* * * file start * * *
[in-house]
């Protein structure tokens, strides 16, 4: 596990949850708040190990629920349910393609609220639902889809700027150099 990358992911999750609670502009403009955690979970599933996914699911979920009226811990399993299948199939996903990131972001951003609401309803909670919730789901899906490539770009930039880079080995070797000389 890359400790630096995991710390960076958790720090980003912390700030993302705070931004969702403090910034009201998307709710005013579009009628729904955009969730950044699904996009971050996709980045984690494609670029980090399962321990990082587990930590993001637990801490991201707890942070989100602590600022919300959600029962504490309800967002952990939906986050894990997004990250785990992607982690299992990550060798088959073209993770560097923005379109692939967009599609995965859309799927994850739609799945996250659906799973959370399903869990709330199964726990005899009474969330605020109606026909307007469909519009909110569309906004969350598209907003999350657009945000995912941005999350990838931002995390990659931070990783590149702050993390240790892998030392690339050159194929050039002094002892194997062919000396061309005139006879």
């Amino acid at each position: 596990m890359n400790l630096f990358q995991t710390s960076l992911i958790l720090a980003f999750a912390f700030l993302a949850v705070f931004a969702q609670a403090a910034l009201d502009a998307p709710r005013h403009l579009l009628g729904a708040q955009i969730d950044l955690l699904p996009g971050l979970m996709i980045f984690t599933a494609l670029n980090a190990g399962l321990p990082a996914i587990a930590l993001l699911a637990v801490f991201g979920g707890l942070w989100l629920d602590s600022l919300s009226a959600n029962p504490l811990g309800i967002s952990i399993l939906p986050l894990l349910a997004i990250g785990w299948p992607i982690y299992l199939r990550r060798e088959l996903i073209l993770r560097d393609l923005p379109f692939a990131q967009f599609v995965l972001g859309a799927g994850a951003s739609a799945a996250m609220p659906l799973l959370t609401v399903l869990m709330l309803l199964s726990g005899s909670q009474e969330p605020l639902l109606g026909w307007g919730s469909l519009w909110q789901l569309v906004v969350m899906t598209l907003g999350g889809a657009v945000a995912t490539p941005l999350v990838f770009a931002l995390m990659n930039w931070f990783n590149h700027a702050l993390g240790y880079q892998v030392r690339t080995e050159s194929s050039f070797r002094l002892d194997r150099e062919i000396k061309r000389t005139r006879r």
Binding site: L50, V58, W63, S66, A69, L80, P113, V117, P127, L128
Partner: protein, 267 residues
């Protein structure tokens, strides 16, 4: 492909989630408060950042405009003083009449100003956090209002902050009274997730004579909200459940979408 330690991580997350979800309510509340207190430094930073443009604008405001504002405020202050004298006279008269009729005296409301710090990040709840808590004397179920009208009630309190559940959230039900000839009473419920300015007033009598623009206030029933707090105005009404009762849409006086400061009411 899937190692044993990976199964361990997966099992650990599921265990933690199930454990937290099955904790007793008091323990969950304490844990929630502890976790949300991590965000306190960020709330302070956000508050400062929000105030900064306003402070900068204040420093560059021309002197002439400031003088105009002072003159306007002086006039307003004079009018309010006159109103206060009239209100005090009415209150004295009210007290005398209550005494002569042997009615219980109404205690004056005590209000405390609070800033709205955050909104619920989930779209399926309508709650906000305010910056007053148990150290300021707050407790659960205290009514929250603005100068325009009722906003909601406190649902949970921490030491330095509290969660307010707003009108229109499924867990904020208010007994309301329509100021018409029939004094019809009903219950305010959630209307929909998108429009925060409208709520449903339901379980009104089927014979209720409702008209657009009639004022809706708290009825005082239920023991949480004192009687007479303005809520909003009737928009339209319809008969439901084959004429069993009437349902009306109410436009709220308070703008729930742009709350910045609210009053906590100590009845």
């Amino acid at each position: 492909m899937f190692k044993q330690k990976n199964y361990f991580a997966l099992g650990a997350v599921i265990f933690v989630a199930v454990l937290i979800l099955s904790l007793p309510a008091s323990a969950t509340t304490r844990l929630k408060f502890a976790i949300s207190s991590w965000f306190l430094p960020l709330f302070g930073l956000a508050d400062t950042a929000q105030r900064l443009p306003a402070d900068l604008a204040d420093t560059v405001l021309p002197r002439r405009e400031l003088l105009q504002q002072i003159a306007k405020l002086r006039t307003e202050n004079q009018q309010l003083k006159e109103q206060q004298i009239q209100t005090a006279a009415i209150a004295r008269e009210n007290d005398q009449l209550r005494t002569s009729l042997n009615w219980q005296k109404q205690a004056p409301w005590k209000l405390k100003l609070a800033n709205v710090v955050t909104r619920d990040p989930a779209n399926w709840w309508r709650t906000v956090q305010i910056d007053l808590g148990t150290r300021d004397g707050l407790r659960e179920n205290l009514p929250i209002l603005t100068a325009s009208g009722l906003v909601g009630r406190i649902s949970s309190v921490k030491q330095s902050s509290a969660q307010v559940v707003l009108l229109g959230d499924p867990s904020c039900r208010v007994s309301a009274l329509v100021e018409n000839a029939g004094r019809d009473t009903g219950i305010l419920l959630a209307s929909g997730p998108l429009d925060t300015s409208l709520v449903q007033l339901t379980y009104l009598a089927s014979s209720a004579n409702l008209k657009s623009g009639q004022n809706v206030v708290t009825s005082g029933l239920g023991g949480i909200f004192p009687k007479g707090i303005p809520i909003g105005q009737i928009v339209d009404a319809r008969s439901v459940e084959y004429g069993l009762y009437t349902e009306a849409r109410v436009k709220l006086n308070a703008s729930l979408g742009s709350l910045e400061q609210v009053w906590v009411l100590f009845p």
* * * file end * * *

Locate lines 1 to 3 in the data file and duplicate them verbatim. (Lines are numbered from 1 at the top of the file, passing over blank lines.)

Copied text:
[in-house]
């Protein structure tokens, strides 16, 4: 596990949850708040190990629920349910393609609220639902889809700027150099 990358992911999750609670502009403009955690979970599933996914699911979920009226811990399993299948199939996903990131972001951003609401309803909670919730789901899906490539770009930039880079080995070797000389 890359400790630096995991710390960076958790720090980003912390700030993302705070931004969702403090910034009201998307709710005013579009009628729904955009969730950044699904996009971050996709980045984690494609670029980090399962321990990082587990930590993001637990801490991201707890942070989100602590600022919300959600029962504490309800967002952990939906986050894990997004990250785990992607982690299992990550060798088959073209993770560097923005379109692939967009599609995965859309799927994850739609799945996250659906799973959370399903869990709330199964726990005899009474969330605020109606026909307007469909519009909110569309906004969350598209907003999350657009945000995912941005999350990838931002995390990659931070990783590149702050993390240790892998030392690339050159194929050039002094002892194997062919000396061309005139006879």
């Amino acid at each position: 596990m890359n400790l630096f990358q995991t710390s960076l992911i958790l720090a980003f999750a912390f700030l993302a949850v705070f931004a969702q609670a403090a910034l009201d502009a998307p709710r005013h403009l579009l009628g729904a708040q955009i969730d950044l955690l699904p996009g971050l979970m996709i980045f984690t599933a494609l670029n980090a190990g399962l321990p990082a996914i587990a930590l993001l699911a637990v801490f991201g979920g707890l942070w989100l629920d602590s600022l919300s009226a959600n029962p504490l811990g309800i967002s952990i399993l939906p986050l894990l349910a997004i990250g785990w299948p992607i982690y299992l199939r990550r060798e088959l996903i073209l993770r560097d393609l923005p379109f692939a990131q967009f599609v995965l972001g859309a799927g994850a951003s739609a799945a996250m609220p659906l799973l959370t609401v399903l869990m709330l309803l199964s726990g005899s909670q009474e969330p605020l639902l109606g026909w307007g919730s469909l519009w909110q789901l569309v906004v969350m899906t598209l907003g999350g889809a657009v945000a995912t490539p941005l999350v990838f770009a931002l995390m990659n930039w931070f990783n590149h700027a702050l993390g240790y880079q892998v030392r690339t080995e050159s194929s050039f070797r002094l002892d194997r150099e062919i000396k061309r000389t005139r006879r």